### Focus on the differences

I'd suggest you build your python lessons by focusing on the differences between Python and Java:

• Don't start by introducing classes and OOP in Python, for example, because unlike Java, you don't need them to write simple programs.

• Instead of OOP, you could discuss other programming styles. Start with simple procedural style, or baffle the students with functional programming.

• If you've taught the students the standard c-like for-loop that increases a variable in Java, explain to the students how Python's for loop is fundamentally different from that because it's not there to increase a counter; rather it iterates over a collection of things (or something that can be enumerated). Then show them how lists can be iterated over using Python's for loop, but so can strings. That could be a good way to start a discussion about python's data model.

• You'll need to talk about static/dynamic typing. Explain to the students that while in Java it's variables that are typed, in Python only values have types. Show them how that makes it very easy to build prototypes, and allows for a degree of freedom unparalleled by statically typed languages, but also makes it easy to make mistakes the compiler can't catch.

Note that this approach only works if your students already have a good understanding of what programming is, and how to do it in Java. If they're still struggling with learning the basics, introducing a second language IMO would be a bad idea, but also this approach wouldn't work very well - in that case, I'd suggest focusing on the similarities instead.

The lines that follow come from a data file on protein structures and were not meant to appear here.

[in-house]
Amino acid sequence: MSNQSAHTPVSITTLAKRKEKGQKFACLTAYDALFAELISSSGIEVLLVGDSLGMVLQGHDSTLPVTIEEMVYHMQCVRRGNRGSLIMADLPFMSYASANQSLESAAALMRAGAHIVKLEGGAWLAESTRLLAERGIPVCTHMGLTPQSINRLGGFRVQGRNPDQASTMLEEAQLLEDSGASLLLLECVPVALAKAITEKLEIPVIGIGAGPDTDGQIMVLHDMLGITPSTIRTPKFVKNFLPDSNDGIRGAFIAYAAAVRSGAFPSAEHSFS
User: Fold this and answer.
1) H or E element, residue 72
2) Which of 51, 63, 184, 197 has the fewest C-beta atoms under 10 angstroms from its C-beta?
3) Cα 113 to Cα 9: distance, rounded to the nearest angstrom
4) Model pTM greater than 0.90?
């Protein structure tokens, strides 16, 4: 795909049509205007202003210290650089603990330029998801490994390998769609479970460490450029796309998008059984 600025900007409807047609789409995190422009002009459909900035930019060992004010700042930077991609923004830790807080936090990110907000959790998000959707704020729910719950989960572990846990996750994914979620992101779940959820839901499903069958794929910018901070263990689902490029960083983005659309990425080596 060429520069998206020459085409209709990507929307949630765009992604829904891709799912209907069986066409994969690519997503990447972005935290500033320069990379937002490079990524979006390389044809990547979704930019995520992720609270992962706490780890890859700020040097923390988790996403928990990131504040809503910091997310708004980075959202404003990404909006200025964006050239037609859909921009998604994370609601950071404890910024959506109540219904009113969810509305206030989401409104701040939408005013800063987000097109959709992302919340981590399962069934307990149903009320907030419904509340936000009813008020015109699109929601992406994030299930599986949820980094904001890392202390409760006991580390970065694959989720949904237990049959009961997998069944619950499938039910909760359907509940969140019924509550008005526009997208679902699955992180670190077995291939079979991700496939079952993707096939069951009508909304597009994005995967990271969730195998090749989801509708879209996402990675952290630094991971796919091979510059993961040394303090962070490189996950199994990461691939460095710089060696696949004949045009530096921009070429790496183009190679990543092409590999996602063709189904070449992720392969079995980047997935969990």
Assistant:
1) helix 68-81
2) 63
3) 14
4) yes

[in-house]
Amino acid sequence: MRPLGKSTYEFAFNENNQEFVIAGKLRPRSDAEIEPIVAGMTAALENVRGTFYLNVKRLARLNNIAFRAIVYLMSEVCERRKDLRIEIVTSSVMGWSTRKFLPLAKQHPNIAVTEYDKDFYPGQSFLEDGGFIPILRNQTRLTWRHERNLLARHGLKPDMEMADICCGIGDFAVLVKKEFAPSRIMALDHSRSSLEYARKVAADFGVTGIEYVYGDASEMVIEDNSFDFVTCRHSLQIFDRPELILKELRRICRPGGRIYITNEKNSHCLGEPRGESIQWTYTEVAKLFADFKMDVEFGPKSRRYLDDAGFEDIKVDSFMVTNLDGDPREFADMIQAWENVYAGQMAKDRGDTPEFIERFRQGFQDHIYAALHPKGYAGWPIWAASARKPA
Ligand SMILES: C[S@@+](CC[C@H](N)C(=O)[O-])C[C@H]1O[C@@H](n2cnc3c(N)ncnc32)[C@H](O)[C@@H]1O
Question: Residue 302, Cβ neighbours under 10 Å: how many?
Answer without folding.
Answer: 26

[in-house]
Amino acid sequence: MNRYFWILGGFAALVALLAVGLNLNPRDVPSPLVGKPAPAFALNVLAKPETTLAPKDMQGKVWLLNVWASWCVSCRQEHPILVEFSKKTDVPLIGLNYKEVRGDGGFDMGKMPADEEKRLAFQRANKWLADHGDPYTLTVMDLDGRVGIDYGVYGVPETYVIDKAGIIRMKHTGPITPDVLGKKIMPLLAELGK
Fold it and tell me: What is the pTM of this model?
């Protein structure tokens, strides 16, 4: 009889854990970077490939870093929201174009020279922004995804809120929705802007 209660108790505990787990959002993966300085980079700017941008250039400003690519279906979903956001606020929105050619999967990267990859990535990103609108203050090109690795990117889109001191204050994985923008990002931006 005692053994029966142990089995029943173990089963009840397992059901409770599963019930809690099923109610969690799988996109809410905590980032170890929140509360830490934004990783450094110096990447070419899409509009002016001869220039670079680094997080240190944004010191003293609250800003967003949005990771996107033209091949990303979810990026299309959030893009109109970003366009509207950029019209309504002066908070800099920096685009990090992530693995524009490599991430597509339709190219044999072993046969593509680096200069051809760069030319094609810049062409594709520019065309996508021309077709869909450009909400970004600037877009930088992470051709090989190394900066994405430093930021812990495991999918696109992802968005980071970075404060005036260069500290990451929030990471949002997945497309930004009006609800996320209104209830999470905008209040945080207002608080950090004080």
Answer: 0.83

• Hi Pascal! Welcome to Computer Science Educators! This is a really useful answer, well fleshed out and informative. I hope to see you around the site more! – thesecretmaster Jun 25 '17 at 11:43

TL;DR Use the Python module dis to show students Python's bytecode alongside Java's bytecode. Avoid the "compiled v. interpreted" rabbit hole to start (because it may lead to more confusion than clarity) and instead show students what's actually happening underneath the hood.

Begin by defining "bytecode" in the context of Python. Here is the Python 3 documentation:

Python source code is compiled into bytecode, the internal representation of a Python program in the CPython interpreter. The bytecode is also cached in .pyc files so that executing the same file is faster the second time (recompilation from source to bytecode can be avoided). This “intermediate language” is said to run on a virtual machine that executes the machine code corresponding to each bytecode. [emphasies added] Do note that bytecodes are not expected to work between different Python virtual machines, nor to be stable between Python releases.

That might sound to students not too dissimilar from their experience with Java and its use of a virtual machine. Also, take a close look at the documentation for the dis module.

Let's consider this very short Python program test.py:

print("Hello, CSEducators.SE!")


If I run the command python -m dis test.py, I see the following Python bytecode:

  1           0 LOAD_NAME                0 (print)
6 CALL_FUNCTION            1 (1 positional, 0 keyword pair)
9 POP_TOP
13 RETURN_VALUE


Now, let's write Test.java:

public class Test {
public static void main(String args[]) {
System.out.println("Hello, CSEducators.SE!");
}
}


I run javac Test.java then javap -v Test.class. Here's a small part of what I see:

  public static void main(java.lang.String[]);
flags: ACC_PUBLIC, ACC_STATIC
Code:
stack=2, locals=1, args_size=1